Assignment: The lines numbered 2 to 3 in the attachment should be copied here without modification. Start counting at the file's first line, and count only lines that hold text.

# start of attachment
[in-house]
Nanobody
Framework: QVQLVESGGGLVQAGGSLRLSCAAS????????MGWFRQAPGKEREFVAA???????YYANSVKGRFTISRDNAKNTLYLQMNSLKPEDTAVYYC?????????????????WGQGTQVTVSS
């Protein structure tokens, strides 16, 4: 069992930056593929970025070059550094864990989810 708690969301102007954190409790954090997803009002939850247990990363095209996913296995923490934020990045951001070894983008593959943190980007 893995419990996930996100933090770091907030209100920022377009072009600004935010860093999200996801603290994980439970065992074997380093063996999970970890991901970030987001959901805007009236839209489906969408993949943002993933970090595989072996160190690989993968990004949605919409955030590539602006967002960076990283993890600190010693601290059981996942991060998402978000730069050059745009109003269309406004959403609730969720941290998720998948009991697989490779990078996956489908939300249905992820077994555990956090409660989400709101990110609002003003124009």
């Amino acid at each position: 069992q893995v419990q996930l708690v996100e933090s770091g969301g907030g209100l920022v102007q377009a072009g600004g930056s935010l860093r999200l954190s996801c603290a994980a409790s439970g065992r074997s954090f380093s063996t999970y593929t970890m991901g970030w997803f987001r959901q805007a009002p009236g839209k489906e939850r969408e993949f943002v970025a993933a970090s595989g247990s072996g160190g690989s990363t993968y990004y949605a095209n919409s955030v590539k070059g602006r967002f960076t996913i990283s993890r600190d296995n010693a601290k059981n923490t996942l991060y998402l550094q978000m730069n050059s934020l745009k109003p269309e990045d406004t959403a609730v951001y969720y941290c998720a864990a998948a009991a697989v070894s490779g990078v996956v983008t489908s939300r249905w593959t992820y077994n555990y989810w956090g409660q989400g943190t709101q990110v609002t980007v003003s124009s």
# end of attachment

Nanobody
Framework: QVQLVESGGGLVQAGGSLRLSCAAS????????MGWFRQAPGKEREFVAA???????YYANSVKGRFTISRDNAKNTLYLQMNSLKPEDTAVYYC?????????????????WGQGTQVTVSS